Oakville parent group poised to take legal action over transgender teacher
Published December 7, 2022 at 5:23 pm
A group of “concerned parents” is looking to take legal action over a transgender Oakville-Trafalgar High School (OTHS) teacher who has garnered worldwide attention with her oversized prosthetic breasts and revealing tight tops.
“It has become clear that the only way this is going to be resolved is through action by local parents — with support from other parents who want to ensure this never happens in their own childrens’ schools,” read the group’s GoFundMe campaign.
Comprised of parents of students who attend the Oakville high school and other Halton District School Board (HDSB) schools, the group calling itself “Students First Ontario” says it has become increasingly concerned after the teacher’s provocative dress has resulted in numerous bomb threats made against the school.
“All funds raised will be used to connect, organize and support like-minded parents in taking every action possible, including media and legal,” said Julia De Winter, who is organizing the fundraiser.
It is believed the lawsuit would be against the school board for not taking action against the teacher.
Earlier the HDSB decided not to institute a dress code or discipline the teacher over potential legalities and human rights concerns.
The group says the school community has been thrust into the spotlight as a result of the teacher’s “inappropriate attire and enormous prosthetic breasts” which they say have created a significant distraction and led to serious safety concerns for the students and staff at the school.
They say there have been three bomb threats made to the school since September (2022), and possibly more according to some reports.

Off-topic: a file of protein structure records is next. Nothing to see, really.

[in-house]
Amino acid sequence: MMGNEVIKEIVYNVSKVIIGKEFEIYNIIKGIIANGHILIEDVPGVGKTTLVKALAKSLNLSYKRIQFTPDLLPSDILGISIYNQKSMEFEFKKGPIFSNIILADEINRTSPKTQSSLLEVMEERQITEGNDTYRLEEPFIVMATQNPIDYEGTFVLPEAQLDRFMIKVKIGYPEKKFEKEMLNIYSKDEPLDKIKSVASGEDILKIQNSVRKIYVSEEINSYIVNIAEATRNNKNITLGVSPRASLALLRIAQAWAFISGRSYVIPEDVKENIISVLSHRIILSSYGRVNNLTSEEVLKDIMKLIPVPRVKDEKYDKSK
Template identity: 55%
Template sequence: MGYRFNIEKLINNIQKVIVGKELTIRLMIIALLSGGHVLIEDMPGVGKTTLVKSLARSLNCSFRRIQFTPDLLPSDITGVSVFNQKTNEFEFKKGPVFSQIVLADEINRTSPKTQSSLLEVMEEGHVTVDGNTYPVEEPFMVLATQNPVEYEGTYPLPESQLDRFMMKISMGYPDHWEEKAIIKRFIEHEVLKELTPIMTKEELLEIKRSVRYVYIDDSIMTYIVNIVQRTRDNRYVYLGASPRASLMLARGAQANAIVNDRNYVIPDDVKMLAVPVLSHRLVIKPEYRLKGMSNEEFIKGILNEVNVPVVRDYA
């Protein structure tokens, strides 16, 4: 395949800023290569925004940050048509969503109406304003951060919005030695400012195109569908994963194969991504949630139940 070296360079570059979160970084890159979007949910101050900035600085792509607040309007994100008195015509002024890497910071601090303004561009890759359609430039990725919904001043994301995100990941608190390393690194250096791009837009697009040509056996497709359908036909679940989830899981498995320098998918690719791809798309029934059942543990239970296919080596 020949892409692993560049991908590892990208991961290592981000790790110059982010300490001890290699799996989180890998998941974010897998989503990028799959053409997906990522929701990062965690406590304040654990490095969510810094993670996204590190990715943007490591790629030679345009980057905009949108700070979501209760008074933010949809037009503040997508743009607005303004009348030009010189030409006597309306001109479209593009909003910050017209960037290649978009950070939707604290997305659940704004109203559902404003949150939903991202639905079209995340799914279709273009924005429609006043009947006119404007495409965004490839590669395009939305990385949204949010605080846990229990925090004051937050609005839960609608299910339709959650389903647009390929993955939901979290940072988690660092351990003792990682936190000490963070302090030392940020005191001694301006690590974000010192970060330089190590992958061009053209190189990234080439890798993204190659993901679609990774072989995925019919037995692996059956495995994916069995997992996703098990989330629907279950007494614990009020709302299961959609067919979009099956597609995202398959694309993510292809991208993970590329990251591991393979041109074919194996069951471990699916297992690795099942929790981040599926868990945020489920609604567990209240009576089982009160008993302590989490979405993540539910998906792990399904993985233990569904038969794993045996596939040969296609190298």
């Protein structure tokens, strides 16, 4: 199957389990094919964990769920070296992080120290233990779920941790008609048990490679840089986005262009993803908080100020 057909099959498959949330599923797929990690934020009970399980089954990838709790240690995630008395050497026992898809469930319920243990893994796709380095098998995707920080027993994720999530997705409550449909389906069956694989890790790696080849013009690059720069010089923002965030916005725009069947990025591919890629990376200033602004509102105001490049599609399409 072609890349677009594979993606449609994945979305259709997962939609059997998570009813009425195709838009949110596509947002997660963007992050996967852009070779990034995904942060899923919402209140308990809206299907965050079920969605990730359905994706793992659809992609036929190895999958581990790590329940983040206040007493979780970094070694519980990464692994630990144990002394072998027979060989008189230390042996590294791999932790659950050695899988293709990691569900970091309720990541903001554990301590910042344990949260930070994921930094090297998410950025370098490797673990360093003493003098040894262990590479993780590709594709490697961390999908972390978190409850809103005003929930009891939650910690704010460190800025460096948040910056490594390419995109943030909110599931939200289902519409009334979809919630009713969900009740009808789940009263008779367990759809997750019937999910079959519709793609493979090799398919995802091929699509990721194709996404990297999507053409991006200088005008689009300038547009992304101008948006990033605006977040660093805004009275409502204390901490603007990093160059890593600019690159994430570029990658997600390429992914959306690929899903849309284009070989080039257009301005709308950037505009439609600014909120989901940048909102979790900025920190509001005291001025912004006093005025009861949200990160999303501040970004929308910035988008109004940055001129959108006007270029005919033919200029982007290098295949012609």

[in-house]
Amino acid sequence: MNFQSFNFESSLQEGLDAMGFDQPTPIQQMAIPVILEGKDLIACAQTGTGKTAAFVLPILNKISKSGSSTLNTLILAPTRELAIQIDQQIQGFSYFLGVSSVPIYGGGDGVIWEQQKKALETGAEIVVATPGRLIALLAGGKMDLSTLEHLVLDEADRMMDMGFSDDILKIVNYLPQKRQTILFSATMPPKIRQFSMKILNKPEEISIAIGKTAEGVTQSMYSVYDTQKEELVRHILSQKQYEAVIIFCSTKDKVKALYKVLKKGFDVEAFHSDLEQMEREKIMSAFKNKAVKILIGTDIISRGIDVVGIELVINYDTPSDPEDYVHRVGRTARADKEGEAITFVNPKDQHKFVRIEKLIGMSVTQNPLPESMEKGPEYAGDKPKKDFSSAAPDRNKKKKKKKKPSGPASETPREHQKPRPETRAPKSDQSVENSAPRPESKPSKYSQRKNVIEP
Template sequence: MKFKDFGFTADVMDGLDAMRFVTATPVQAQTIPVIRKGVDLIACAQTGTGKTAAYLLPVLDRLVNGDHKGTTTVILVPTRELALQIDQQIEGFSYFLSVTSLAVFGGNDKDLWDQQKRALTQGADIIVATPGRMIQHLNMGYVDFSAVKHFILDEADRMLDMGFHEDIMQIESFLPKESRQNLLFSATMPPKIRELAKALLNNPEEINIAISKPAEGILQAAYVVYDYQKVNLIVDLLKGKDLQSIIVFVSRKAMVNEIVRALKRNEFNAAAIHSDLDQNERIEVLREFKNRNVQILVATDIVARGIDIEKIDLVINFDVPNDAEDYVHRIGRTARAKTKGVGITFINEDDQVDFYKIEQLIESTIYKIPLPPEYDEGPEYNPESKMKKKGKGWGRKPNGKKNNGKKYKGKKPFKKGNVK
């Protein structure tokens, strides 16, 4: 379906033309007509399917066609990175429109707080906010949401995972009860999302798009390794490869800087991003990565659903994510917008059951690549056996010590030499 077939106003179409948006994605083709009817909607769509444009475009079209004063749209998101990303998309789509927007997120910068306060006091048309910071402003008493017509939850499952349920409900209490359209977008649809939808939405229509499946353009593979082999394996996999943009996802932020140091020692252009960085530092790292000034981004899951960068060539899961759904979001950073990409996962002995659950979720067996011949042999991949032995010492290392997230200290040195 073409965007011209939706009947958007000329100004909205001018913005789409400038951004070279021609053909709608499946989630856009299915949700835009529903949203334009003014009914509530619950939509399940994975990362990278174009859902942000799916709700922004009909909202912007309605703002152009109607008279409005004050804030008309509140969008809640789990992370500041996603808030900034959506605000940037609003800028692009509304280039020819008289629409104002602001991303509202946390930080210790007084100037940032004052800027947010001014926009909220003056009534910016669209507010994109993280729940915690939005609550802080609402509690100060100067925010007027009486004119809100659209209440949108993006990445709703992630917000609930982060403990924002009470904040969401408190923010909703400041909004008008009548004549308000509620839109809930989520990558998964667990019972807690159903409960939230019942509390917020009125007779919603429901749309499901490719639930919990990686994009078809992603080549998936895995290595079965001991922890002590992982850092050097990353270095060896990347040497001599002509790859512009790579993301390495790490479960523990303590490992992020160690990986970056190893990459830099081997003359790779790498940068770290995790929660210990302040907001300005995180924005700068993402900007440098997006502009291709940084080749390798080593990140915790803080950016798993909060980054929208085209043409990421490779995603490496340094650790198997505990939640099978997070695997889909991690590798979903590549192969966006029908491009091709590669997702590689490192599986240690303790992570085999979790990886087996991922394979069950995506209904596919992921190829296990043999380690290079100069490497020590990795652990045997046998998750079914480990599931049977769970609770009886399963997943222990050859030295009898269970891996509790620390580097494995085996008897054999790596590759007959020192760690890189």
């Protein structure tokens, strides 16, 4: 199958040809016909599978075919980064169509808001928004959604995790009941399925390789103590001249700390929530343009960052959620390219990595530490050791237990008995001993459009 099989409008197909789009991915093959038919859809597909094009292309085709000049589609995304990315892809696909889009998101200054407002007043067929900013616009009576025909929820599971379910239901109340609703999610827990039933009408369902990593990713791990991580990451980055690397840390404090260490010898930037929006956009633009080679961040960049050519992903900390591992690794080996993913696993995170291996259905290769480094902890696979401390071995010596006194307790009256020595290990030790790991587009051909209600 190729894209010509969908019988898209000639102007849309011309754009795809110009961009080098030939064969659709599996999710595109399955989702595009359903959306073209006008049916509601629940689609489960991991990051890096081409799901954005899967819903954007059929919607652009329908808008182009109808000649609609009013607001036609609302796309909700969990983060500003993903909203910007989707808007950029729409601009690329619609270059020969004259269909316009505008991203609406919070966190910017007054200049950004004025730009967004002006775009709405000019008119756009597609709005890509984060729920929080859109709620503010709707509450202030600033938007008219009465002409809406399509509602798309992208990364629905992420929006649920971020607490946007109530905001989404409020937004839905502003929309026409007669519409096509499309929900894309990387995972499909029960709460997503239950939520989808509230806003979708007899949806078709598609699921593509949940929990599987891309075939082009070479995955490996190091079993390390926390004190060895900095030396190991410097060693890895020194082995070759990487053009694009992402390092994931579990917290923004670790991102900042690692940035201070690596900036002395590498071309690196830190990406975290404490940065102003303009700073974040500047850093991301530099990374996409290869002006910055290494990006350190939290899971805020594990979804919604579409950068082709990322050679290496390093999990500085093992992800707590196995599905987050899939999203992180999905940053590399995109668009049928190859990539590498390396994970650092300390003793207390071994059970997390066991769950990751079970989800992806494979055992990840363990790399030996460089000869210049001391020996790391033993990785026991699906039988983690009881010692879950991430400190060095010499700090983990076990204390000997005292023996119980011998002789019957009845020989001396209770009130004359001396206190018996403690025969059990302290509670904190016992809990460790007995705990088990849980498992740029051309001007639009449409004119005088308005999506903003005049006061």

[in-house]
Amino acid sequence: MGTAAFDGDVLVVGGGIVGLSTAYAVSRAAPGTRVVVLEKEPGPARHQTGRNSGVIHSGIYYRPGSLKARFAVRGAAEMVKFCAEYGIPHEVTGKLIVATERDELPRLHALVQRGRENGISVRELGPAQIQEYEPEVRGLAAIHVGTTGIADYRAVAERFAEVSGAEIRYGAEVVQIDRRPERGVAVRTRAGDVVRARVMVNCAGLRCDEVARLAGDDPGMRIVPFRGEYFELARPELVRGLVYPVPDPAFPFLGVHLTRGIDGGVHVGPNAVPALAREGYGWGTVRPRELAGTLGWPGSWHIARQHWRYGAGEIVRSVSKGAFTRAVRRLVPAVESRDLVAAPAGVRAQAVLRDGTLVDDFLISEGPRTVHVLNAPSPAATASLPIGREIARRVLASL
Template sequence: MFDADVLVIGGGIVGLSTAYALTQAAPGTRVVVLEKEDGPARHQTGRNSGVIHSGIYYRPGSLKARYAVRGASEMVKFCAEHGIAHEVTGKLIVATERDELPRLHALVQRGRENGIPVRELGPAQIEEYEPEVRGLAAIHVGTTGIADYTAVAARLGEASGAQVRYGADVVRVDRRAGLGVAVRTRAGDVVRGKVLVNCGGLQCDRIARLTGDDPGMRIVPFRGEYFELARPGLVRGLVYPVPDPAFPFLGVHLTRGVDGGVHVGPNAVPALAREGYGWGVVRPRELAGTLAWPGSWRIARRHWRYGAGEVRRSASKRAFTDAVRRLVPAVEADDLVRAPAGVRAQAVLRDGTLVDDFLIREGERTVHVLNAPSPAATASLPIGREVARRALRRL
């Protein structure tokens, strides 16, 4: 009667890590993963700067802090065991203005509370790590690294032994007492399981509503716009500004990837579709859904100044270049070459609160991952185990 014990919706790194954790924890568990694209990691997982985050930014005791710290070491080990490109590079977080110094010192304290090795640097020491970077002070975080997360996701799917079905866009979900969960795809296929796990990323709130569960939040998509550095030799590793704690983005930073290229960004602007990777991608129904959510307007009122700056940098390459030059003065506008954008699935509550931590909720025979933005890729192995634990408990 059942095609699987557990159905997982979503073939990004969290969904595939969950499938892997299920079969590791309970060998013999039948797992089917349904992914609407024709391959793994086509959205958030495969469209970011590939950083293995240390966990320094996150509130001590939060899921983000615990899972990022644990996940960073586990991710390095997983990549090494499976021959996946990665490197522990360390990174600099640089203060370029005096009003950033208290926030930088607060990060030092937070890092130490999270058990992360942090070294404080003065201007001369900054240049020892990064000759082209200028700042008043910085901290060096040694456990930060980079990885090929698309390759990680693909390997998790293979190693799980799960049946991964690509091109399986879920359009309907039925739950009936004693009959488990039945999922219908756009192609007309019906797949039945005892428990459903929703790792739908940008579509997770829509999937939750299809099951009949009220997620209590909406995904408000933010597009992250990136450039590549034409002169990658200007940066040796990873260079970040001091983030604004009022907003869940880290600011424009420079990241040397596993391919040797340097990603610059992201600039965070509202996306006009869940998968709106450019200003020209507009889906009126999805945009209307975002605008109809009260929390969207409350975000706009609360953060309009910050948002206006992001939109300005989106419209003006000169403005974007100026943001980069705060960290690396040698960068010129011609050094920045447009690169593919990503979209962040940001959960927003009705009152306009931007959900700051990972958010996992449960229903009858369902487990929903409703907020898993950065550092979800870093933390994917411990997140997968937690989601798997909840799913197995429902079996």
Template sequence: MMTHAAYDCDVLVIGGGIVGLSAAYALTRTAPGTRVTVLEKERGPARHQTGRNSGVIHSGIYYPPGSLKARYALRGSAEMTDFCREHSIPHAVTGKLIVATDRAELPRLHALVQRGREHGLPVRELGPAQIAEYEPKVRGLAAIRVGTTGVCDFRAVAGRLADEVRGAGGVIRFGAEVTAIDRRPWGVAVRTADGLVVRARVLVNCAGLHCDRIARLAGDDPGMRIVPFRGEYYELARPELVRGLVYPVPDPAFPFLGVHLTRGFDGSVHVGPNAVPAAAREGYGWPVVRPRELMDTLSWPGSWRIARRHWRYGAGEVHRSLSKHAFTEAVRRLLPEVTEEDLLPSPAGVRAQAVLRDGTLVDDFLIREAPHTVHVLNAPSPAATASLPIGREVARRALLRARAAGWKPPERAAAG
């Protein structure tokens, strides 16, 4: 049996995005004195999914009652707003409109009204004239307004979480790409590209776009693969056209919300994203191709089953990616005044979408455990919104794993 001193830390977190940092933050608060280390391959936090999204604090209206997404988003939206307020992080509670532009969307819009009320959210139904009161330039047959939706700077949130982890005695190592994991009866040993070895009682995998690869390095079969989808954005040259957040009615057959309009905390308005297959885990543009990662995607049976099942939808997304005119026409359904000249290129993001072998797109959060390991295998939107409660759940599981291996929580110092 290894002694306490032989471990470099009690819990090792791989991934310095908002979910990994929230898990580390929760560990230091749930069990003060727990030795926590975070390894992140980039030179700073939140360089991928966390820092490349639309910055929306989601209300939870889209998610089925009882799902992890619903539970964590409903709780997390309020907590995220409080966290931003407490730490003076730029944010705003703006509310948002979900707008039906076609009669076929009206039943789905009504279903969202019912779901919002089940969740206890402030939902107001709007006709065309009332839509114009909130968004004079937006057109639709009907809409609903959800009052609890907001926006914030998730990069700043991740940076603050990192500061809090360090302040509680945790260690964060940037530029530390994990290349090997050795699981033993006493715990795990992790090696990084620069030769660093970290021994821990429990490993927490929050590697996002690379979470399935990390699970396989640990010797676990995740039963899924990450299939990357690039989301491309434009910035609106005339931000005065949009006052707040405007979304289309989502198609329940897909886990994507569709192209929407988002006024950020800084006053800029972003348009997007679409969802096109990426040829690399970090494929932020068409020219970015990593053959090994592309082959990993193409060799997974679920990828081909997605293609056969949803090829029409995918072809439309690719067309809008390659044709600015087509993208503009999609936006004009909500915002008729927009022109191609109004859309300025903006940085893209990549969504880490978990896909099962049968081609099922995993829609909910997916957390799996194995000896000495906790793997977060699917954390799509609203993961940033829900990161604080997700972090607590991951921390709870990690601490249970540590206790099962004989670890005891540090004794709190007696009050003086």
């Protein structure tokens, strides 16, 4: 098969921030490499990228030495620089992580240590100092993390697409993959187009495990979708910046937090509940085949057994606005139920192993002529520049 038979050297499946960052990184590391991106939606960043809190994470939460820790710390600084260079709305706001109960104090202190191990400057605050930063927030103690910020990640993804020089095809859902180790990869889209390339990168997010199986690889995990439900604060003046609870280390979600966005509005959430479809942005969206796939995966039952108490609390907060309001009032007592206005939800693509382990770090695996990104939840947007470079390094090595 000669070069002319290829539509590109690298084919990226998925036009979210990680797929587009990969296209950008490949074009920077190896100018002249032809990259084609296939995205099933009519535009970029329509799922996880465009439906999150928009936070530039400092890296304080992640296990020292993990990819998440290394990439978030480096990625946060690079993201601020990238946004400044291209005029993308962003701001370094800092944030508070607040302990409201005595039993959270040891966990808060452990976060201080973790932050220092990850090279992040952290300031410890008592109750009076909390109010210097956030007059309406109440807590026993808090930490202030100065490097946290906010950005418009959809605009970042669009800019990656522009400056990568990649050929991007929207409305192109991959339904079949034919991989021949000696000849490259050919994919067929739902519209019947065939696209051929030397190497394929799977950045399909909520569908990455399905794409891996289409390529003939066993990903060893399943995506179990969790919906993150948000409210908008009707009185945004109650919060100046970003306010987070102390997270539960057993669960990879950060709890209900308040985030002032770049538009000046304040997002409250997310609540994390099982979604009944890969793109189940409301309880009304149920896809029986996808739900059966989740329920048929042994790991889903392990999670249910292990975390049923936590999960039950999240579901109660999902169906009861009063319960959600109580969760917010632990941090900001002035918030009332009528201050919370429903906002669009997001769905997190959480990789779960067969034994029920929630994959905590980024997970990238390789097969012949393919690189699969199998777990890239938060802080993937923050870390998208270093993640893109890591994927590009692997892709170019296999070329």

“We had expected HDSB to address the situation at the start of the year, but they have allowed it to grow into an international controversy,” read the statement on the fundraising page.
“OTHS and the HDSB have not only failed to address the situation, they have endorsed the teacher’s actions by refusing to uphold any dress code for teachers. This is despite the fact that a dress code applies to students enrolled at the school.”
The group points to an assessment of the situation by Howard Levitt, a Senior Partner with the Levit Sheikh law firm, that says the HDSB’s rationale for not dealing with the matter appears to be “more ideological than legal.”
By failing to take action, Levitt’s assessment says the HDSB “actually creates a precedent and legally opens the door for further abuses.”
“Unfortunately, it appears the dress code is only the start of this controversy,” said Students First Ontario.
The group says this initiative is about putting students’ interests and well-being first and will not tolerate any hate speech, threats or violence.
All financials, says the parents’ group, will be transparent.insauga's Editorial Standards and Policies advertising